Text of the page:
Gulet Charter Patmos

Patmos Gulet Charter Guide Patmos Gulet Charter Guide

Patmos is known as the “island of the Apocalypse” or “Jerusalem of the Aegean”: John the Theologian, one of Christ’s disciples, exiled to this island by the Roman emperor Domitian in 95 AD, wrote the “Book of Revelation”, the last book of the New Testament in one of the island’s caves.

The “Cave of the Apocalypse”, as it is known today, is one of the most historic and impressive sites in Greece. Patmos was first inhabited in prehistoric times. During the Roman times it was a place of exile. In 1088, the Blessed Christodoulos founded the Monastery of St John the Theologian. Over time the island flourished and the first mansions were built in the late 16th century. The Patmos Seminary (or Patmian School) was built in 1713. The island officially became Greek territory in 1948. Area: 34 sq.km; coastline: 63 km; population: 3,000.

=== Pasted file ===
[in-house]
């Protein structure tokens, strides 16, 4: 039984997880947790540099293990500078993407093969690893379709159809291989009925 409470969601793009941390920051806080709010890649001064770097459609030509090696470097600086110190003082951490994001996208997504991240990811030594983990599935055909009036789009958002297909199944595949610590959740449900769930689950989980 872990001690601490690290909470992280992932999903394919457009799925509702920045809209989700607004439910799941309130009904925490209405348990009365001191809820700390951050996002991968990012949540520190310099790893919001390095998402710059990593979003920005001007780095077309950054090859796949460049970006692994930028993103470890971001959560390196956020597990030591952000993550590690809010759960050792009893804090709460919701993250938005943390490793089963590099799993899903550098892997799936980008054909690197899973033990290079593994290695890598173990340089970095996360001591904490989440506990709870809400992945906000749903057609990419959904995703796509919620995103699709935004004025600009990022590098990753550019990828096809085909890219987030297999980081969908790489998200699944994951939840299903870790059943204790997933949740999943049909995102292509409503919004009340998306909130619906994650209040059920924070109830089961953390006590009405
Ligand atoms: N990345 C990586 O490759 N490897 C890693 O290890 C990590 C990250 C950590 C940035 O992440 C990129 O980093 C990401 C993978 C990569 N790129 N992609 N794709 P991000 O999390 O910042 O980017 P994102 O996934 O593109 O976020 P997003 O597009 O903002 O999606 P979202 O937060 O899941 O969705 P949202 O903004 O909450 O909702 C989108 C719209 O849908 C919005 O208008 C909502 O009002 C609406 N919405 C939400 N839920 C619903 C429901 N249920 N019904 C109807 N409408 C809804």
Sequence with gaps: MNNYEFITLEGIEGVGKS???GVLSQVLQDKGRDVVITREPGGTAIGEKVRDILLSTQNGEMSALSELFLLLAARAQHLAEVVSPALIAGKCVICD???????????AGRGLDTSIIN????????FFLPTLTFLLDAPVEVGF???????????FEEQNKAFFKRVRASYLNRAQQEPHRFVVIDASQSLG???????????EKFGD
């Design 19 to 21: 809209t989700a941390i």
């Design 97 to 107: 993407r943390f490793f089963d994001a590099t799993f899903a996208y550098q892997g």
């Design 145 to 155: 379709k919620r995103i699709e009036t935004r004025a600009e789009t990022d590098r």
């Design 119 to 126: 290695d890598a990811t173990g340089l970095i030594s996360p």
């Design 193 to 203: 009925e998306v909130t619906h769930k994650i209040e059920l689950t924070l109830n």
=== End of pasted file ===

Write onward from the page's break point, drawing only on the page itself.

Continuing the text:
Chora
This small traditional town has been built around the monastery of Saint John the Theologian. It is one of the most beautiful and well preserved medieval towns found in the Aegean. The houses, built next to each other, have their windows placed high and leave room for narrow, mazelike paved alleys where you will find dozens of 15th-17th century churches, built with stone from Petrokopio (meaning stone quarry) and Manolakas. The roofs are made with timber from cypress trees and alternating layers of astivi (a kind of shrub endemic to Patmos), seaweed, and mud. Distance from Skala (the island’s port): 4.5 km S.

Patmos Map

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